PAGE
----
A new wilderness for Colorado

Hermosa Creek headwaters saved for native trout
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A new Wilderness for Colorado

Hermosa Creek headwaters saved for native trout

Hermosa Creek is a major tributary of the Animas River in Colorado’s San Juan Mountains.  

Hermosa Creek is Durango, Colorado’s, backyard.

Encompassing more than 107,000 acres of national forest, the basin is the backyard playground for Durango and parts of northern New Mexico, southeast Utah and northeast Arizona. The region is treasured for its mountain bike trails, developed and dispersed camping, Purgatory Ski Resort, hiking trails, OHV access and the quiet beauty in the San Juans themselves. 

Rugged and beautiful country defines the new Hermosa Creek Wilderness of southwestern Colorado.

For anglers and hunters, the Hermosa Creek area is a true treasure, and is home to healthy elk herds, abundant turkey and deer, black bear and grouse. It is also a stronghold for threatened Colorado River cutthroat trout and is the site of the largest cutthroat reintroduction program in the Colorado River basin.

In 2006, Trout Unlimited staffers and chapter volunteers played a lead role in developing, convening and funding a river protection workgroup—a local, stakeholder-driven collaborative designed to produce legislative recommendations to the Colorado delegation. Two years later, the idea of protecting Hermosa Creek—one of the last, best places in Colorado—was pushed hard by the group.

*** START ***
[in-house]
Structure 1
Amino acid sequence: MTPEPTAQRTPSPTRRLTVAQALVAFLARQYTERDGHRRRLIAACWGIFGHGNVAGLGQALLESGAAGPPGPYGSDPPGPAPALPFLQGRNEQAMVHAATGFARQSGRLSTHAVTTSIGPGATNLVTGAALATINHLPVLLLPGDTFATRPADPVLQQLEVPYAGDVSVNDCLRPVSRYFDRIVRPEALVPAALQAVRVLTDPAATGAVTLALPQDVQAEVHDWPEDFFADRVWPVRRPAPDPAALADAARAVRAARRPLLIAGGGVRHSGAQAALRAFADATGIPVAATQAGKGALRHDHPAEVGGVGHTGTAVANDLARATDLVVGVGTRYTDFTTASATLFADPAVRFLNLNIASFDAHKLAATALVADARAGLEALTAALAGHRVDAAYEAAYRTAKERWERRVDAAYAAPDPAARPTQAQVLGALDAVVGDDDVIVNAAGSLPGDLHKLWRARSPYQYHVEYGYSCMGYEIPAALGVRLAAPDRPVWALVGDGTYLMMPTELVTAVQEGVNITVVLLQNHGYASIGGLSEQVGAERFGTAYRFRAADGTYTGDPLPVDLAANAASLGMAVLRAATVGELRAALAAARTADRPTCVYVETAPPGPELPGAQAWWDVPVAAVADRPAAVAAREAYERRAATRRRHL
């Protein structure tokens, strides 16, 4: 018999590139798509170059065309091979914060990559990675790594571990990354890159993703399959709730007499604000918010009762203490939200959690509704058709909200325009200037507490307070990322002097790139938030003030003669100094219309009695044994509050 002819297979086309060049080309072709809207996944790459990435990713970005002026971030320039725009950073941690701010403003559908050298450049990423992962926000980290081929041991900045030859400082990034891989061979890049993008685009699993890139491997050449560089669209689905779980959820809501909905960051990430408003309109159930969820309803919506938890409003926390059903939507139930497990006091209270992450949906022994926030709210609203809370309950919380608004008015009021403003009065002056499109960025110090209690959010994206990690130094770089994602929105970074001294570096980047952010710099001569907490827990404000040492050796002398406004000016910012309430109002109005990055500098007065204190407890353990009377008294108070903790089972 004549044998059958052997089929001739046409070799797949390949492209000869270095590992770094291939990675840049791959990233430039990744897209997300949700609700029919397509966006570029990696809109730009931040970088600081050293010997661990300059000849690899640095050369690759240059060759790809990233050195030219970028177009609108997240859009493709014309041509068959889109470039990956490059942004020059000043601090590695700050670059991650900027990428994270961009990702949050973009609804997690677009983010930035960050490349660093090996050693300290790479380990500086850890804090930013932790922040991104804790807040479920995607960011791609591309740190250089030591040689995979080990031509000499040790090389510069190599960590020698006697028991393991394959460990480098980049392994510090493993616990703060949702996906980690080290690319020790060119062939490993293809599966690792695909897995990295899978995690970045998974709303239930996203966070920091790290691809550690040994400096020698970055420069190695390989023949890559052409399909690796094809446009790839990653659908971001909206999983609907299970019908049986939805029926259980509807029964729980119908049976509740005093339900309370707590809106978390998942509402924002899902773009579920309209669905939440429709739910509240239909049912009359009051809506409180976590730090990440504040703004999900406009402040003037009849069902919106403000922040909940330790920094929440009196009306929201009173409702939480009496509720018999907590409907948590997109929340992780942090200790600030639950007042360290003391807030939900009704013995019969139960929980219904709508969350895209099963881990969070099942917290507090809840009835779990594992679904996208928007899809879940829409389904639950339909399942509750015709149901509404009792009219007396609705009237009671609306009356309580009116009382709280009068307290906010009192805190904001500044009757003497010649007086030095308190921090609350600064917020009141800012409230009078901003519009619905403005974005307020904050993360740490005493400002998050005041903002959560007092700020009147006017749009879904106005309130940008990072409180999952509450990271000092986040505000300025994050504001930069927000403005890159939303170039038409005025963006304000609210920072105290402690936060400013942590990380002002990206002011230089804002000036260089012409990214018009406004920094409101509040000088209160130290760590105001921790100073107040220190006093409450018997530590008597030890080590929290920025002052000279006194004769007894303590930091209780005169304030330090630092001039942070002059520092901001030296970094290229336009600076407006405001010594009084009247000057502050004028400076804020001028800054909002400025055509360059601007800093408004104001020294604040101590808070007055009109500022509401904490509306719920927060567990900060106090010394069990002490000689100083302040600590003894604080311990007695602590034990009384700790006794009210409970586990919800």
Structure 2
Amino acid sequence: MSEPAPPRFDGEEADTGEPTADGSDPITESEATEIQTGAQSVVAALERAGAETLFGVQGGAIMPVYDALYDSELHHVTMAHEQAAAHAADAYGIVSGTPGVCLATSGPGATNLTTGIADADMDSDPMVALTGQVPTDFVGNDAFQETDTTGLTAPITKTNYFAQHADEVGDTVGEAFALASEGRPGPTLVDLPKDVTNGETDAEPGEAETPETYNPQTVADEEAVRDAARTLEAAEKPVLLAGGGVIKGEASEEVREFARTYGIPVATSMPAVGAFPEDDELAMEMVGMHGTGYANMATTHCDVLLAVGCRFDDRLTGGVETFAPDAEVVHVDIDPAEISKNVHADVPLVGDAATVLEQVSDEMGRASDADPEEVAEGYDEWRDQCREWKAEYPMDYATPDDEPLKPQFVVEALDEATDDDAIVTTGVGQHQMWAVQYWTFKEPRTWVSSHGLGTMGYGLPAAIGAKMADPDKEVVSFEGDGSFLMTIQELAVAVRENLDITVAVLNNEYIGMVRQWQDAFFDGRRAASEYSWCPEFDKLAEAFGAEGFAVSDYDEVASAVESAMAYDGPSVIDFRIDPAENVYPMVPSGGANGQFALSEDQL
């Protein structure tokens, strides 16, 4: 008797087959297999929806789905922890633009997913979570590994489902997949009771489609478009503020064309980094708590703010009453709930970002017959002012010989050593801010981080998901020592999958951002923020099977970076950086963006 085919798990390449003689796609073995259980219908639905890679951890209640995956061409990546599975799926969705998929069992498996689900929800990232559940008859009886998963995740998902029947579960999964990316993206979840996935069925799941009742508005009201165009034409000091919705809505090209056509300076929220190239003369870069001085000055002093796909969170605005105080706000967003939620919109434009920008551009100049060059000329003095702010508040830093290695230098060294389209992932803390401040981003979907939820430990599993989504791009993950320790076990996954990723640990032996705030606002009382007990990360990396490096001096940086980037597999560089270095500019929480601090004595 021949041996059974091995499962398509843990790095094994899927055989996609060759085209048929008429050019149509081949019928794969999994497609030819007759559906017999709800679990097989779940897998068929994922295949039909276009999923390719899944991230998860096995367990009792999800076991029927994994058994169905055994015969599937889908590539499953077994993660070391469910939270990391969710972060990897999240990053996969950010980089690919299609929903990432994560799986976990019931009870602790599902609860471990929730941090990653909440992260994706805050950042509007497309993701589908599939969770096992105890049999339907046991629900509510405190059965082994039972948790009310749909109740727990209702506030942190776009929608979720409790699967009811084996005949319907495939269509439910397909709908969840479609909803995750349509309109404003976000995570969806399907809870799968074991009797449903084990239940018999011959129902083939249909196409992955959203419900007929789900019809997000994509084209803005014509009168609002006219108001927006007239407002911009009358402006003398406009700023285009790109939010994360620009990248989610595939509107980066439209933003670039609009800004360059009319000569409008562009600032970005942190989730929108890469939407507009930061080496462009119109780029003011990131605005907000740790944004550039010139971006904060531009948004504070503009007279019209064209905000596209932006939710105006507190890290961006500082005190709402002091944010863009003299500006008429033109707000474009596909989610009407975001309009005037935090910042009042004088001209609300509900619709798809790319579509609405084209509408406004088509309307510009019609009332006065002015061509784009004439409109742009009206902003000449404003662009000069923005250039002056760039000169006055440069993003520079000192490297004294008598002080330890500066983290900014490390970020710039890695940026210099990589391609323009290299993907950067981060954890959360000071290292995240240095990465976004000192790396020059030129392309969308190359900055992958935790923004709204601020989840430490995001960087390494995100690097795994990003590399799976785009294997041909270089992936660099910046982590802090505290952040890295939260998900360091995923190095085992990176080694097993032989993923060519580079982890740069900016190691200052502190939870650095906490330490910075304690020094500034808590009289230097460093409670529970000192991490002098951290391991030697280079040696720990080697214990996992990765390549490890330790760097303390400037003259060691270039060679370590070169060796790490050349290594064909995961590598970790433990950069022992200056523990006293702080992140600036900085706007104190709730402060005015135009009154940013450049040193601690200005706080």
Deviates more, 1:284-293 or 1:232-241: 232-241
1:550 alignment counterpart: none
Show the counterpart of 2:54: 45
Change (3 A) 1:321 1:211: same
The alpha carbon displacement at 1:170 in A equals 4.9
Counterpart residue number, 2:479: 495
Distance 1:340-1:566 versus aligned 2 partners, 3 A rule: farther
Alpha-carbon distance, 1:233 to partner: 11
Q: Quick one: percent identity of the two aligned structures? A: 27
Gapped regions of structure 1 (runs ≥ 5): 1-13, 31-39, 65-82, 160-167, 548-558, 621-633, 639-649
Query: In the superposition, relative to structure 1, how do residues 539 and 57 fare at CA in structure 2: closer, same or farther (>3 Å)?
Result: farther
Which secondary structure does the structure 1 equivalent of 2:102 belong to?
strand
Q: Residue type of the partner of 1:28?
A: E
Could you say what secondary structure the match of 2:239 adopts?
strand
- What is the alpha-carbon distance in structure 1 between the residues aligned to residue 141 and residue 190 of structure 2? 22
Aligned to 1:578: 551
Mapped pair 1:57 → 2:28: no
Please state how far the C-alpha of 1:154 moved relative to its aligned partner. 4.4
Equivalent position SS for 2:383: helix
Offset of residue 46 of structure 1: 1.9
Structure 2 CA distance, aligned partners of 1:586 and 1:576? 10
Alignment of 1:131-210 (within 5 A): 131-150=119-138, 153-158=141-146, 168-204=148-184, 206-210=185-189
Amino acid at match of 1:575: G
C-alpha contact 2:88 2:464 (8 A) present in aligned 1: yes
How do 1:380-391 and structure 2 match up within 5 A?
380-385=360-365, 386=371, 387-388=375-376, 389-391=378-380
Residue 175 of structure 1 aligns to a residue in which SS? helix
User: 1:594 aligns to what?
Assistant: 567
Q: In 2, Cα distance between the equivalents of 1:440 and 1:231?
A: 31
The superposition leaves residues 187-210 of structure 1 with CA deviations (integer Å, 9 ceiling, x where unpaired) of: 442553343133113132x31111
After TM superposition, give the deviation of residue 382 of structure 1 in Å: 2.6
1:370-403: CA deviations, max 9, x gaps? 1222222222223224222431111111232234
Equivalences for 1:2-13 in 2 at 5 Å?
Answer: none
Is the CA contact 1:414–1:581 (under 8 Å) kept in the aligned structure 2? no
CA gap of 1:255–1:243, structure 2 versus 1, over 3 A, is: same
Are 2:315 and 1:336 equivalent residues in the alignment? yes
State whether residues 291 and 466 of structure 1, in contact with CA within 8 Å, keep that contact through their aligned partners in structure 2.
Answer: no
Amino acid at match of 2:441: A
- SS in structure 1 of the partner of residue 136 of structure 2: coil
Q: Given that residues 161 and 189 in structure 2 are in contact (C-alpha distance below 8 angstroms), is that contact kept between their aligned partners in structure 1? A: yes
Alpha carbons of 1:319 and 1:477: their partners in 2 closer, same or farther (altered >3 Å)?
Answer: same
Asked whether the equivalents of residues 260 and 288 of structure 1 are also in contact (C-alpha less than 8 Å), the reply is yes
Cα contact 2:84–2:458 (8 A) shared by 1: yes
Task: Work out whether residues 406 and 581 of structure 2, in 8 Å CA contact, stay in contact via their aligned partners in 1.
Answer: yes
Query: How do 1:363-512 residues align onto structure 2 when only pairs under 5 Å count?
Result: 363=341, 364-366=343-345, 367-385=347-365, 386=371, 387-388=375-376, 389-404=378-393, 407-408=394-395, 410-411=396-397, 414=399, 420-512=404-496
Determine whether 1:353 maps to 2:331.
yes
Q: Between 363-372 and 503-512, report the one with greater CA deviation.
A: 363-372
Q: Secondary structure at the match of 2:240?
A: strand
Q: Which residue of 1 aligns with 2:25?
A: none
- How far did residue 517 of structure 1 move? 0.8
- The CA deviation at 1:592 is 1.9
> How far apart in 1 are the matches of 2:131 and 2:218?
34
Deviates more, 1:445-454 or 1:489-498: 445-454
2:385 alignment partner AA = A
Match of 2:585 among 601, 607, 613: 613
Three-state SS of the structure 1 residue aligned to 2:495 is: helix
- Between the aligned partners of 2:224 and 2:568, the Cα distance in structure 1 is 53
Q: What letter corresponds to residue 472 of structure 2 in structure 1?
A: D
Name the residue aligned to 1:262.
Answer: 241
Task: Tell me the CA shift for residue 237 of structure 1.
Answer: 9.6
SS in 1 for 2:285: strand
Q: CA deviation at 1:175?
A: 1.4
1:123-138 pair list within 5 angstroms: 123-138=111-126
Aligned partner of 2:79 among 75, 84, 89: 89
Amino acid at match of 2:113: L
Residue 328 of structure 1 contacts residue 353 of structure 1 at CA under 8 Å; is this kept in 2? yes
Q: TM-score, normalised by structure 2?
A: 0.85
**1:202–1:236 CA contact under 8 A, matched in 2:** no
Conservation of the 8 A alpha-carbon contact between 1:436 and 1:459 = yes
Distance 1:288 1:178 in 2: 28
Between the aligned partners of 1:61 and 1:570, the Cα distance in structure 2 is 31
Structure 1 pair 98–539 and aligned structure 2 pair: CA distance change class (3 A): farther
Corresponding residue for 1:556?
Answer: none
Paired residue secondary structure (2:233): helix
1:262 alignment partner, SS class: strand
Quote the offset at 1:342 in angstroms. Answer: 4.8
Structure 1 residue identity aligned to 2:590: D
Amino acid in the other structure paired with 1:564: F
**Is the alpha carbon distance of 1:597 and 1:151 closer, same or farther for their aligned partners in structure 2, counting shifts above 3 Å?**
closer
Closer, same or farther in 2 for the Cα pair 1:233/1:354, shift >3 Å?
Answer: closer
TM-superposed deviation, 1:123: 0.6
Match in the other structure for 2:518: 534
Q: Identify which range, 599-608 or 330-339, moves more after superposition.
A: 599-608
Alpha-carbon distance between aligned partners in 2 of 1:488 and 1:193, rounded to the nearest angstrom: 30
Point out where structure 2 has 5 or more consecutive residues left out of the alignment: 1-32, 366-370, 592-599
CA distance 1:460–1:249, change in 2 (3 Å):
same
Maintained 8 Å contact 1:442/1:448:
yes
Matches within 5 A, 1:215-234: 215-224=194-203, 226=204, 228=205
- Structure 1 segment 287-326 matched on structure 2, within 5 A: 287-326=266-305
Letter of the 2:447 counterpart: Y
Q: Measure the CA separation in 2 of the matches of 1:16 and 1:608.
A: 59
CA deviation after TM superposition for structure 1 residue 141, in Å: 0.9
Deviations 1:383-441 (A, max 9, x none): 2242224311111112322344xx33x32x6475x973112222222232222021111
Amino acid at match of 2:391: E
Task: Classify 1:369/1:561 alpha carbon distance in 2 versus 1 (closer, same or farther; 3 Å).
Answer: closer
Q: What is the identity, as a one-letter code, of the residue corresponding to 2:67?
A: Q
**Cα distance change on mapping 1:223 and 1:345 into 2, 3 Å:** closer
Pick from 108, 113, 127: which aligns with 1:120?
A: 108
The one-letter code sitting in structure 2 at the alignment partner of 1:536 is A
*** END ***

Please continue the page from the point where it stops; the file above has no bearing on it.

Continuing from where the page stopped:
There’s nothing quite like a wilderness night sky.

In support of the legislative effort, Trout Unlimited developed and coordinated the Sportsmen for Hermosa group providing representation and support for the angling and hunting values in the legislation. The coalition included regional fly fishing shops, hunting and fishing guides and outfitters, hook and bullet groups, equipment manufacturers, sporting retailers and clubs   

Hiking, fishing and enjoying the great outdoors are a wonderful American experience.

In December 2015, President Obama signed into law the Hermosa Creek Watershed Protection Act, permanently protecting the entirety of the Hermosa Creek watershed. The legislation included a 107,000-plus acre Special Management Area, and 38,000 acres new wilderness